Montrose Memorial Hospital Prepares for the Future
by Kati O'Hare
Oct 06, 2012 | 1406 views | 1 1 comments | 4 4 recommendations | email to a friend | print

MONTROSE – Montrose Memorial Hospital is preparing for the future, and its six recent property acquisitions are key to the plans, according to hospital administrators.

"Everything we bought is contiguous to our current location," MMH Chief Executive Officer Dave Hample said.

Since the start of this year, the hospital has purchased six properties, spending about $1.3 million. The properties include three buildings which will or currently do house health-care services (including orthopaedics and urology, as well as the emergency helicopter crew), all on South Fourth Street. The other three acquisitions are former homes on South Second Street, which could be rented, but will more likely be demolished in the near future, giving way to campus parking and/or hospital buildings.

The new properties – all now on the hospital's list of fixed assets – will allow the hospital to stay at its current location with room to grow, said James Whitticom, a member of the Montrose Memorial Hospital Inc. Board of Directors.

Last week, with anticipated growth its main concern, the MMHI board hired American Health Facilities Development, of Brentwood, Tenn., to create a long-range facilities plan. The plan will set out the most sensible and efficient way to expand buildings, parking and utilities, with an eye to patient flow and access, Hample said.

He said the hospital is already aware of upcoming needs, and is moving to address them.

In 2009, the hospital purchased property at 900 S. Fourth St. for about $350,000. This acquisition allowed the hospital's nurse-midwife program to move into the more accommodating facility, formerly occupied by Dr. Richard Hanley, who has now teamed up with Dr. James Gilham at a new OB/GYN facilitiy.

Of its recent purchases, the hospital was able to rent one property to the emergency helicopter crew, and another will be renovated to house expanded orthopaedic services.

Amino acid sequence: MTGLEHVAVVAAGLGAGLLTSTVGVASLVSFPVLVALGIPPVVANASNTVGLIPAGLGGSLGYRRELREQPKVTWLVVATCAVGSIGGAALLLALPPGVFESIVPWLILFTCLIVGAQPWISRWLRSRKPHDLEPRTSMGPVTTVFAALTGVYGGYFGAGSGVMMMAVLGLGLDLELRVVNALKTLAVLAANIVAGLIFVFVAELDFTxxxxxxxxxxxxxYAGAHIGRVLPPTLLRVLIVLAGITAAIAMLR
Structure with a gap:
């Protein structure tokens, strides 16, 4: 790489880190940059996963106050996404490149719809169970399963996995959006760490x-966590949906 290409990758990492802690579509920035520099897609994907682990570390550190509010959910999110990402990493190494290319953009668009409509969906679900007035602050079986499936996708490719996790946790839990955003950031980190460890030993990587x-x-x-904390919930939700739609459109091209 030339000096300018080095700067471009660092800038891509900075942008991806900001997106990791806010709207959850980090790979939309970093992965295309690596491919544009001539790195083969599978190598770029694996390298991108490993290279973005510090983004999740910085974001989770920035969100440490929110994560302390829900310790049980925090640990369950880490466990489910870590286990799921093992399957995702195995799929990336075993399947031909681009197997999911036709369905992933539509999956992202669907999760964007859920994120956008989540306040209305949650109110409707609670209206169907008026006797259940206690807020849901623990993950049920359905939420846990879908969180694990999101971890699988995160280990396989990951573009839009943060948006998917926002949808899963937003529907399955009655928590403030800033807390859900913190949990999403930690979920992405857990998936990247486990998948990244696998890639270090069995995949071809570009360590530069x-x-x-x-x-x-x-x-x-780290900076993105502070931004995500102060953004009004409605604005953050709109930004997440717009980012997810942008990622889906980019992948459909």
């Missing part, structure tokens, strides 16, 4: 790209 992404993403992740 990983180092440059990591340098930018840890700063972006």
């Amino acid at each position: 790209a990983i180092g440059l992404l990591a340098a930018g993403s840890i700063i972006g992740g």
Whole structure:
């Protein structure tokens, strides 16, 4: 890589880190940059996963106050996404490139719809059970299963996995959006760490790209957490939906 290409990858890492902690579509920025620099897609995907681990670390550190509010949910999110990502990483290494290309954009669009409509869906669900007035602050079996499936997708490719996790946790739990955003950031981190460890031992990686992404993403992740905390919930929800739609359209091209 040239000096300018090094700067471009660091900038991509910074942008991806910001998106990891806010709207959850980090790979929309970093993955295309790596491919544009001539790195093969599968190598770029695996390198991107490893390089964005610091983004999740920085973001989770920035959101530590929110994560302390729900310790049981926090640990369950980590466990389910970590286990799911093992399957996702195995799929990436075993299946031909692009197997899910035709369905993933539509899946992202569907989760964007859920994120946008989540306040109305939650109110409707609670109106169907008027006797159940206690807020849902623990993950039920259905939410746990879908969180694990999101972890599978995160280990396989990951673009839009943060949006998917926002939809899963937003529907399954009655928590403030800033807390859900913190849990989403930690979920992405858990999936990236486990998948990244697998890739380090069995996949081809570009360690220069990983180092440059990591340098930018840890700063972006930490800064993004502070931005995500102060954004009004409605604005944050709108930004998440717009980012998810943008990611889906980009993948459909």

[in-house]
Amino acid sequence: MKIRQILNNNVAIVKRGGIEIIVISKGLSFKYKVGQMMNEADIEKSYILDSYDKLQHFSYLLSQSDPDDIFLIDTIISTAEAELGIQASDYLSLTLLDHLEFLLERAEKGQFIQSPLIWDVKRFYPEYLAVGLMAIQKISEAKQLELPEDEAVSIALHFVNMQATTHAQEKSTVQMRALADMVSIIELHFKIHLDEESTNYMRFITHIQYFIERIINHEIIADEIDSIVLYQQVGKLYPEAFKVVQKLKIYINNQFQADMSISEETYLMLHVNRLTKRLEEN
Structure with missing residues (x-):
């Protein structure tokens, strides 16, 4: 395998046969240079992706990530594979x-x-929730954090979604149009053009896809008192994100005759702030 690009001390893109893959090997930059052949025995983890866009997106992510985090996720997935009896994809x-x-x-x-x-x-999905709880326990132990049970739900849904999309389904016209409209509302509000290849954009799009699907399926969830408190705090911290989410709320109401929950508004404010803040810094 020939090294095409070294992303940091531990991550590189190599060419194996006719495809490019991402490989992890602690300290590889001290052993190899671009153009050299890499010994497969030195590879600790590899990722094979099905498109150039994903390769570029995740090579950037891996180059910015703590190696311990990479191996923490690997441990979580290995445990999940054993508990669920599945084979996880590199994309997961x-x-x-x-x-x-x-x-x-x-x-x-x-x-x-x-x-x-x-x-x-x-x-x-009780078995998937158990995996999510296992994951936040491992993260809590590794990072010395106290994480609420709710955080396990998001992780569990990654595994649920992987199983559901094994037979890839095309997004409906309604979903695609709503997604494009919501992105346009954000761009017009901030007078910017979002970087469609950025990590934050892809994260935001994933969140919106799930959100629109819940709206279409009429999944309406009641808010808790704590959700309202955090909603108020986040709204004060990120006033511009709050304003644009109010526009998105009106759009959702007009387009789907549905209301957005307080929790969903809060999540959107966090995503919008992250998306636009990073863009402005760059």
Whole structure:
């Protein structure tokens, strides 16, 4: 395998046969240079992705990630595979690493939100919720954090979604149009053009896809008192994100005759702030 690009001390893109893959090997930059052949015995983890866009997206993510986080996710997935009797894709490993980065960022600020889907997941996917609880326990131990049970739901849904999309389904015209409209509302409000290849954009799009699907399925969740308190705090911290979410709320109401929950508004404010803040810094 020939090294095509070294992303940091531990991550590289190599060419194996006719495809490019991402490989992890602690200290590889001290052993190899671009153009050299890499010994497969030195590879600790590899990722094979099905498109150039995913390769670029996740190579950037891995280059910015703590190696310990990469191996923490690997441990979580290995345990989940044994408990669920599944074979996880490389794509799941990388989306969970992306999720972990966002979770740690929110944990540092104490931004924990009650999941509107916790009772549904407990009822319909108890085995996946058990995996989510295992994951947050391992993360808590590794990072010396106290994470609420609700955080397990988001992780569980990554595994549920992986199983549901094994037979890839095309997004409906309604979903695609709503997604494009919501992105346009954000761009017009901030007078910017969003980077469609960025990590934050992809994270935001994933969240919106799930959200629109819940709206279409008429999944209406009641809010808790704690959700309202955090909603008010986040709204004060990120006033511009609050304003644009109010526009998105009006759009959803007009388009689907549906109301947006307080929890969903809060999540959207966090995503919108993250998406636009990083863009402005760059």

This year alone, the hospital expects to welcome a total of 10 new physicians to its medical staff.

The additions will include a new oncologist – Dr. Choon-Kee Lee, formerly of Cheyenne Regional Medical Center and the University of Colorado Cancer Center, who will start in November – joining Dr. Robert Kilbourn at the San Juan Cancer Center. Hample said the hospital plans to expand that center to make room for the new doctor, and to increase work space, as well.

The hospital will also require more needed space for its surgical services department in the future, Hample said. In September, two new surgeons joined the MMH medical staff, and new technologies and equipment will require larger and more rooms, he added.

The hospital is in the process of installing a second cardiac catheterization lab next to the existing lab, to replace the current special procedures room for medical imaging. And the family center is also high on the hospital's list of renovations, Hample said.

All of these anticipated changes for growth will be part of the facilities plan, which should be developed in the first quarter of 2013. It's the first facilities plan to be developed for the hospital, Hample said.

The recent purchases were paid for in whole from the hospital's capital budget, Whitticom said, with the MMHI board approving a variance to the MMH budget, since these acquisitions weren't on the radar back when the budget was approved in September 2011.

All of the purchased properties were appraised, he said, and were not bought for more than their appraised value, he said.

"The capital budget was that we could afford it at this time, and it was the right time," Whitticom said.

He said the purchases did take the hospital's cash balance – which had been at about $24 million – down, but only after responsible decisionmaking based on the acquisition of long-term assets that was, he emphasized, completely in the scope of the board's authority.

The MMHI Board of Directors currently leases the hospital from the MMH Board of Trustees, appointed by the Montrose Board of County Commissioners. The hospital currently receives no money or funding from taxpayers, Hample said.

The six new properties would have been purchased in the same manner, had the acquisitions occurred before the lease of the hospital to MMHI, he added.



Kati O'Hare at kohare@watchnewspapers.com or Tweet @katiohare

Comments
(1)
Comments-icon Post a Comment
Scviews
|
October 09, 2012
The most important statement of this article is that THE HOSPITAL CURRENTLY RECEIVES NO MONEY OR FUNDING FROM TAXPAYERS. It's nice to see some clarity to the misinformation the current Montrose county commissioners continue to spin.